The average Australian farmer is 57 and getting older.
One of the reasons for this is the huge cost of land and capital, which can seem like an insurmountable barrier or a young farmer trying to get a break.
For 18-year-old Oliver Bora, the answer was to think creatively.
Late last year, he launched a crowdfunding campaign to get his get his pasture-raised egg farm off the ground, having already negotiated with his school, Shearwater Steiner School at Mullumbimby, to allow him to use school land for his farming operation.
With the help of a strong marketing campaign, he raised $15,000, along with a generous donation of a chicken caravan from INXS manager, Chris Murphy.
After many months of hard work, Oliver’s Hen’s is now fully operational, and Oliver’s free range pastured eggs available to the public each week from Oliver’s new stall at the Mullumbimby Farmers Market.
Oliver keeps his 450 hens healthy and happy by allowing them to live a truly free-range life (unlike many conventional free-range systems, where hens can live their whole life in a shed). They roam on 15 acres of pasture on the school grounds, rotated every two weeks, giving them access the fresh grass and insects that make up their natural diet. Oliver says this increases the Omega 3 in the eggs making them tastier and better for you. Regularly moving the hens also allows the grass to regrow and the soil to regenerate.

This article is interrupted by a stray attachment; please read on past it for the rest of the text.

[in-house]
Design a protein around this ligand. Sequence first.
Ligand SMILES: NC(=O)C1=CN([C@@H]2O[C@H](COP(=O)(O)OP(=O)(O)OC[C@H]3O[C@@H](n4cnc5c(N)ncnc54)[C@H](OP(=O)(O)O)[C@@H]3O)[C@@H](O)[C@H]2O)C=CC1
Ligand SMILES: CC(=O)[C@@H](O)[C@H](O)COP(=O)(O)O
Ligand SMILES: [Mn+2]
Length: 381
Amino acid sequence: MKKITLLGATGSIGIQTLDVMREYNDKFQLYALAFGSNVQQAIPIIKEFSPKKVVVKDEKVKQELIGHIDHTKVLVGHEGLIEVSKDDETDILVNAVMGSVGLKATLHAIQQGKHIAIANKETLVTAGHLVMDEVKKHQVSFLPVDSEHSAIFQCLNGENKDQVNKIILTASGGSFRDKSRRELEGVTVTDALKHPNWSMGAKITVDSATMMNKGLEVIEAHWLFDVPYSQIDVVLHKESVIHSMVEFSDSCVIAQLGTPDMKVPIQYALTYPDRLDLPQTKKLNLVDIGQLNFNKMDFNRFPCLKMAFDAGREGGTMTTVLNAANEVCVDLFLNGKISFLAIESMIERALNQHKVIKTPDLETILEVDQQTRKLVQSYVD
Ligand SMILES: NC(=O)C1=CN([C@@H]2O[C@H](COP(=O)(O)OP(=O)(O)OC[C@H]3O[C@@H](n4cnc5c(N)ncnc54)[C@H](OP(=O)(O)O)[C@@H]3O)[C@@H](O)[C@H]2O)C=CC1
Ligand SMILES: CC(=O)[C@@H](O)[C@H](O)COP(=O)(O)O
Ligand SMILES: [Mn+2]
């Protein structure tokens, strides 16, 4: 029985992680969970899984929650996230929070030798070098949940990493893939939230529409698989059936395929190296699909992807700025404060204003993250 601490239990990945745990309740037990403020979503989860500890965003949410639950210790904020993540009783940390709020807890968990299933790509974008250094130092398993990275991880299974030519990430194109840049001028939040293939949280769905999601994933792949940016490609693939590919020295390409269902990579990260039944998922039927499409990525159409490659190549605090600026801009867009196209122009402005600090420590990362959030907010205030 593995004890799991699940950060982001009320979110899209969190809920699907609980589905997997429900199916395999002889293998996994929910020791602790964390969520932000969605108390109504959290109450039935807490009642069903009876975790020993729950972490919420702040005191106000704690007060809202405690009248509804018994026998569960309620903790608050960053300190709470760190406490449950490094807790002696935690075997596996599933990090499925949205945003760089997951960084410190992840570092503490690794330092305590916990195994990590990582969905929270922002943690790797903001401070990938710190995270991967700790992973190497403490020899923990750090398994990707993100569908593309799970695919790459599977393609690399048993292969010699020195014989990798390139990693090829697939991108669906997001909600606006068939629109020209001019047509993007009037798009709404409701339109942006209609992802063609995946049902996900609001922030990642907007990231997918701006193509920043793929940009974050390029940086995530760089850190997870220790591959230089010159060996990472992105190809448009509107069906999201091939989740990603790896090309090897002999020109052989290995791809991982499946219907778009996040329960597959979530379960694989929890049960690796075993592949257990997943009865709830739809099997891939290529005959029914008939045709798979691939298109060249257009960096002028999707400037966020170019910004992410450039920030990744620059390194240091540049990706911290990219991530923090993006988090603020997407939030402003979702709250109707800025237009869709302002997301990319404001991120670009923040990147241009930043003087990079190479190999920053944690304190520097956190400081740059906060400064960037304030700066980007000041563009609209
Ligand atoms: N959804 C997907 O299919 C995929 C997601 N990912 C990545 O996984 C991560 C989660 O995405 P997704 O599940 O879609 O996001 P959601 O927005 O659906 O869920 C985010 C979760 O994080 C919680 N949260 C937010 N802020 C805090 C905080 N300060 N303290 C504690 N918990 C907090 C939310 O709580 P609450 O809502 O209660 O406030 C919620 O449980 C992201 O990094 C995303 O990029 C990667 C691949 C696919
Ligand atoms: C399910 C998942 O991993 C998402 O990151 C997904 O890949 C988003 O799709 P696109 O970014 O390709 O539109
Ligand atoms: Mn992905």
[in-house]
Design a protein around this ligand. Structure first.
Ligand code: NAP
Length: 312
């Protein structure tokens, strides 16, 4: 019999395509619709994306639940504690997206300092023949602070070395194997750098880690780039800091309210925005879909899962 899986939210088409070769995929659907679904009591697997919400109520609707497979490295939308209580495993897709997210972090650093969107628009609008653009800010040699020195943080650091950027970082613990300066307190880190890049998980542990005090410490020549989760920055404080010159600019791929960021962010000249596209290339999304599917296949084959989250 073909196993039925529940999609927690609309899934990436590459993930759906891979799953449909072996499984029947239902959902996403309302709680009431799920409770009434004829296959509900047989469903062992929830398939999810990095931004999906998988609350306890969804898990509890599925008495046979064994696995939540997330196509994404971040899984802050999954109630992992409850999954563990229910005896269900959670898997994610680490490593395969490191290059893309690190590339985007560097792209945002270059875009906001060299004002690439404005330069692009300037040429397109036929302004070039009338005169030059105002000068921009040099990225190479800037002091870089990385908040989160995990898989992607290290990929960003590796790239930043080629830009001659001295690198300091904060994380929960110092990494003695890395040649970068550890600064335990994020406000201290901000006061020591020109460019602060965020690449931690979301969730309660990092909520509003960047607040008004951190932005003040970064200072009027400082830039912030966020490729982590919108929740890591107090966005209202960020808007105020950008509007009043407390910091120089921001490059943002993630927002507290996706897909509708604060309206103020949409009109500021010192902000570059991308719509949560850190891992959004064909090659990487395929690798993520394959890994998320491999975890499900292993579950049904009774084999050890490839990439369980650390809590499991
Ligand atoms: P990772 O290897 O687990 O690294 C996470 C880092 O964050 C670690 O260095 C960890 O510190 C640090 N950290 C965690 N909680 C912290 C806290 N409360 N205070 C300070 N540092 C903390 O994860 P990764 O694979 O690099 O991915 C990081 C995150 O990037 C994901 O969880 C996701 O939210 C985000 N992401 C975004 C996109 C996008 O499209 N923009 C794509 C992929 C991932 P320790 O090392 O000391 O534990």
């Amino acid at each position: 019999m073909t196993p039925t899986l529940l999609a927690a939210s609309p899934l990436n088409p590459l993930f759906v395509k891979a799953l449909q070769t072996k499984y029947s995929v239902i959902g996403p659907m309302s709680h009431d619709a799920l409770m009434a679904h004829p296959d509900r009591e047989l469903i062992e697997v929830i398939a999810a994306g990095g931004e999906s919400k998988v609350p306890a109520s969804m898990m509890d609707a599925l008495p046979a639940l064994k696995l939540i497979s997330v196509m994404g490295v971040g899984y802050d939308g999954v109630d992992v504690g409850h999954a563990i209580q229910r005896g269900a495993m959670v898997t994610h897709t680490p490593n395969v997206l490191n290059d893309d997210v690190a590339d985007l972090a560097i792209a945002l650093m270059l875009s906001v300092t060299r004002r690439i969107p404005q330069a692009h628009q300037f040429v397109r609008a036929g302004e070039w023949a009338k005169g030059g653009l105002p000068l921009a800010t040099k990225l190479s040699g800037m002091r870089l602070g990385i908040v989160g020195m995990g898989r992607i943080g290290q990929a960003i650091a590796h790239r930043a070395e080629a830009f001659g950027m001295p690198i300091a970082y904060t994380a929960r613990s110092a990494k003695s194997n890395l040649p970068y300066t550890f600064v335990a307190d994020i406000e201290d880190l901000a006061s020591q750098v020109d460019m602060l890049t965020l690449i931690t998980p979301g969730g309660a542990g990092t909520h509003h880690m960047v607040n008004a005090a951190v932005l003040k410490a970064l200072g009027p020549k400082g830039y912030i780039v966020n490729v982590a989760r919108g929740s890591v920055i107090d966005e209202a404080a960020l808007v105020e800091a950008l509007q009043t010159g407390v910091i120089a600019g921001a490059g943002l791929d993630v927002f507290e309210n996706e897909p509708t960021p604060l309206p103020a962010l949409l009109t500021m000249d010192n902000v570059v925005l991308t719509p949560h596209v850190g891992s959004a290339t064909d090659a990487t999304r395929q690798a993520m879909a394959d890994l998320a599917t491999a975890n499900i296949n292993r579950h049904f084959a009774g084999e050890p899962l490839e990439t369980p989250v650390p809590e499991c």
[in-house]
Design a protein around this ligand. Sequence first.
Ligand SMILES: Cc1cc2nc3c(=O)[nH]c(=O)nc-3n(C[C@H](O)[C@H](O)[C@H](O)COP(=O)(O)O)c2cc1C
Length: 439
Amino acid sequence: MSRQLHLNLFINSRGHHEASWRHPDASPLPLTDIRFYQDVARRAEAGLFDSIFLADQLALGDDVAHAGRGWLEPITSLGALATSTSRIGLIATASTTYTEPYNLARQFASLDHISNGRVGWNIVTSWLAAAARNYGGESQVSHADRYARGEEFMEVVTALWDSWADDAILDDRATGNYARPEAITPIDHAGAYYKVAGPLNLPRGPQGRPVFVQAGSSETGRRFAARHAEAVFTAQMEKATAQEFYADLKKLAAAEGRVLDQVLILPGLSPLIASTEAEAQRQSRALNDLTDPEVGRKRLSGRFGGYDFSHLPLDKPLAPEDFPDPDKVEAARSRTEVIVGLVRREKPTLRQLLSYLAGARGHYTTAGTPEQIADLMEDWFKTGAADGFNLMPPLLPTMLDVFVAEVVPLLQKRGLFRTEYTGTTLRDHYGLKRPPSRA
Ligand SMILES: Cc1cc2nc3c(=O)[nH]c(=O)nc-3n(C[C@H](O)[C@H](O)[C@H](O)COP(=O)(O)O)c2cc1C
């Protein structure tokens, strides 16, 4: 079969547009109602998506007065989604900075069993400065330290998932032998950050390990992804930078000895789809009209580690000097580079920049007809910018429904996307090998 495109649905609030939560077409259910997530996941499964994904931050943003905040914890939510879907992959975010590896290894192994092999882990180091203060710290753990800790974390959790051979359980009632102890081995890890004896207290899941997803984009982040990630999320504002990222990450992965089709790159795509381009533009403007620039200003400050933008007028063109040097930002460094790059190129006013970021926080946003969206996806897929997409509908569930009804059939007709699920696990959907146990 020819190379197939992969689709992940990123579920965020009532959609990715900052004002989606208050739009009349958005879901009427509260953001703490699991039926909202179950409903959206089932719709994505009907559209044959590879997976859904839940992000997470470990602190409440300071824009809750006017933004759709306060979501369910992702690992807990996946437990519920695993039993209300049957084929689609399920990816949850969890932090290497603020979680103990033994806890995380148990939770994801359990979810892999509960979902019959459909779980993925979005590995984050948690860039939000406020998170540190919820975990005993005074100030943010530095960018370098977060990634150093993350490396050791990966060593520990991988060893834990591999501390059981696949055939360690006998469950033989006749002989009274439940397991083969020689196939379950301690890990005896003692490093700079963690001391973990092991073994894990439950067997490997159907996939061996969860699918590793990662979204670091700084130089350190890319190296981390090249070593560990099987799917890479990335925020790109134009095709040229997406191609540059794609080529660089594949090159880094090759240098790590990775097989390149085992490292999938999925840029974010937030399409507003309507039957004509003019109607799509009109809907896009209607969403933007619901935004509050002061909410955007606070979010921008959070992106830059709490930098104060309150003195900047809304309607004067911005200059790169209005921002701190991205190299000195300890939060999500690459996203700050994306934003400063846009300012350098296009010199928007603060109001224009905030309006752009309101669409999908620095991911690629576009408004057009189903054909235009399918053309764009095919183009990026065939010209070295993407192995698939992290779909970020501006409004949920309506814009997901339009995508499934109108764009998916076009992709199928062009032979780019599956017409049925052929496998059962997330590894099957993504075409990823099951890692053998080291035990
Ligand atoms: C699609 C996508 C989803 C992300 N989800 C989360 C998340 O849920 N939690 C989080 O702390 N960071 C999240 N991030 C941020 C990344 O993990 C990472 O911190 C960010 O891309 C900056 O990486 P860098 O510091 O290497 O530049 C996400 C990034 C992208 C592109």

The hens also have access to high quality organic grain which Oliver says helps reduce the farm’s carbon footprint.
“I really wanted to create a sustainable and ethical model,” he said.
Along the way, Oliver has received plenty of support from the community, including from retired egg farmer, Wally Waldron – a long time stallholder at Mullumbimby Farmers Market – who offered mentorship to Oliver as he set up his farming operation.
Mullumbimby Farmer Market manager Allie Godfrey said the market was committed to encouraging young farmers, including through its annual Grow Your Own Lunchbox event – in which local schools are invited to showcase their kitchen gardens and are awarded prizes for their skills and enterprise – which has seen almost $10,000 donated to local schools to support their garden programs.
She said it was fantastic to be able to welcome Oliver to the market.
“Problem solving is a major part of farming and Oliver is someone who has demonstrated great initiative, problem solving skills and determination,” she said.